Q: I recently bought a new 2020 Hyundai Tucson. At the time, my phone, a Sprint Samsung Galaxy S7 Edge, seemed to work with the car (the Android phone icons are shown on the car’s display screen.) But now, when I want to use the phone-to-car connection for navigation, the phone takes a long time to connect to the car and soon disconnects. After two visits to the car dealership, I was told that my phone appears to be too old to connect with the newest car technology. I don’t consider a phone introduced in 2016 to be outdated, and after buying a car I’m not ready to buy a new phone, too. What do you suggest?
Lori Larson, St. Paul
A: Your Galaxy S7 Edge phone may not seem outdated. But when you connect your 2016 phone to your 2020 car via the “Android Auto” software, the age difference may matter.
The first thing you should do is make sure your phone meets the basic phone-to-car connection requirements for Android Auto. Google says your phone needs to have version 6 or higher of its Android operating system, but Hyundai says you need Android version 7.
Here’s where updating your phone becomes important. The Galaxy S7 Edge came with version 6 of Android, and with operating system updates available from Sprint (now merged into T-Mobile) your phone should have progressed to version 7 and then version 8 (the latest version your phone can use.) If you haven’t downloaded those upgrades, do so and see if it helps.
If the upgrades don’t solve your connection issue, you may be facing the tech industry problem of “backward compatibility” (the ability of new gadgets to work with older ones.) While Google says your Galaxy S7 Edge phone should be compatible with your new
After nearly two decades as one of Silicon Valley’s most closely guarded companies, data mining company Palantir Technologies finally went public on Wednesday in an unusual direct listing process. After an expected delayed first trade, Palantir opened at 1:40 pm Eastern trading at $10 a share, up from the $7.25 reference price the company set on Tuesday night. It hit $11 at 1:50PM Eastern.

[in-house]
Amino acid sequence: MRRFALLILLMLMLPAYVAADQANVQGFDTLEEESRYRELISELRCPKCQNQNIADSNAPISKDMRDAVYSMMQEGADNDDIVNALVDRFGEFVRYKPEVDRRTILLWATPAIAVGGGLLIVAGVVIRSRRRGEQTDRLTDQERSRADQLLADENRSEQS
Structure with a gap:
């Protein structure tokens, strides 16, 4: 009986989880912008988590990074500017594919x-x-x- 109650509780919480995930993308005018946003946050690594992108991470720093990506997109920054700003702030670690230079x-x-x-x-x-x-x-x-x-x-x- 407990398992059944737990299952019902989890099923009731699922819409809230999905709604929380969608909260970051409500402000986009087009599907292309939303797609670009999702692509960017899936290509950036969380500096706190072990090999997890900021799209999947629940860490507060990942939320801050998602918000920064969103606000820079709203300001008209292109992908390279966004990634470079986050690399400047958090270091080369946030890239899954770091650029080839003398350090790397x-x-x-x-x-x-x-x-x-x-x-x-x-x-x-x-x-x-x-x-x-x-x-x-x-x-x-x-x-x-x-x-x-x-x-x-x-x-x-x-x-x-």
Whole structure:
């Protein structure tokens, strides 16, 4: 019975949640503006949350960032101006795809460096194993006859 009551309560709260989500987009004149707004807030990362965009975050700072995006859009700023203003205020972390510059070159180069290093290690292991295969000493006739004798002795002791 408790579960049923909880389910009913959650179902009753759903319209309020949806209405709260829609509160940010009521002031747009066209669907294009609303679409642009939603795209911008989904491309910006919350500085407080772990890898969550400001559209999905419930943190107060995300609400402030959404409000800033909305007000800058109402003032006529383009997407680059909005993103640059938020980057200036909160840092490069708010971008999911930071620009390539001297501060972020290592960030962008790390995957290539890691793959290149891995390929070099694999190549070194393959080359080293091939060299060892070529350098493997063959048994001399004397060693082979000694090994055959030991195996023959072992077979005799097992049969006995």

In a direct listing, the company does not raise funds for itself. Instead, existing shareholders get a chance to sell.
Controversial investor Peter Thiel, who cofounded Palantir in 2003 and bankrolled the company in its early years, will be the biggest winner today as company chairman and its largest individual shareholder.
Thiel and three investment firms he founded, Founders Fund, Clarium Capital and Mithril Capital, owned a total of 17.7% of the company before the offering, according to a regulatory filing. Forbes estimates that Thiel owns an 8% stake directly and through the funds, worth $1.9 billion at $11 a share. Thiel and the funds he runs registered to sell as many as 62 million shares in the offering, or 15.8% of their stake. It’s not clear yet whether all 62 million shares will be sold on Wednesday.
Palantir CEO Alexander Karp, who has called wealth “culturally corrosive,” owned 5.6% of the company before the offering, including vested options. Karp registered 20.5 million shares in the offering, which means he may sell some or all of them in the offering, bringing in as much as $200 million or more, before taxes. Forbes estimates that Karp is now worth $1.1 billion.
Forbes first called Karp a billionaire in 2015, when Palantir raised $400 million at a $15 billion valuation; Karp owned an estimated 8% of the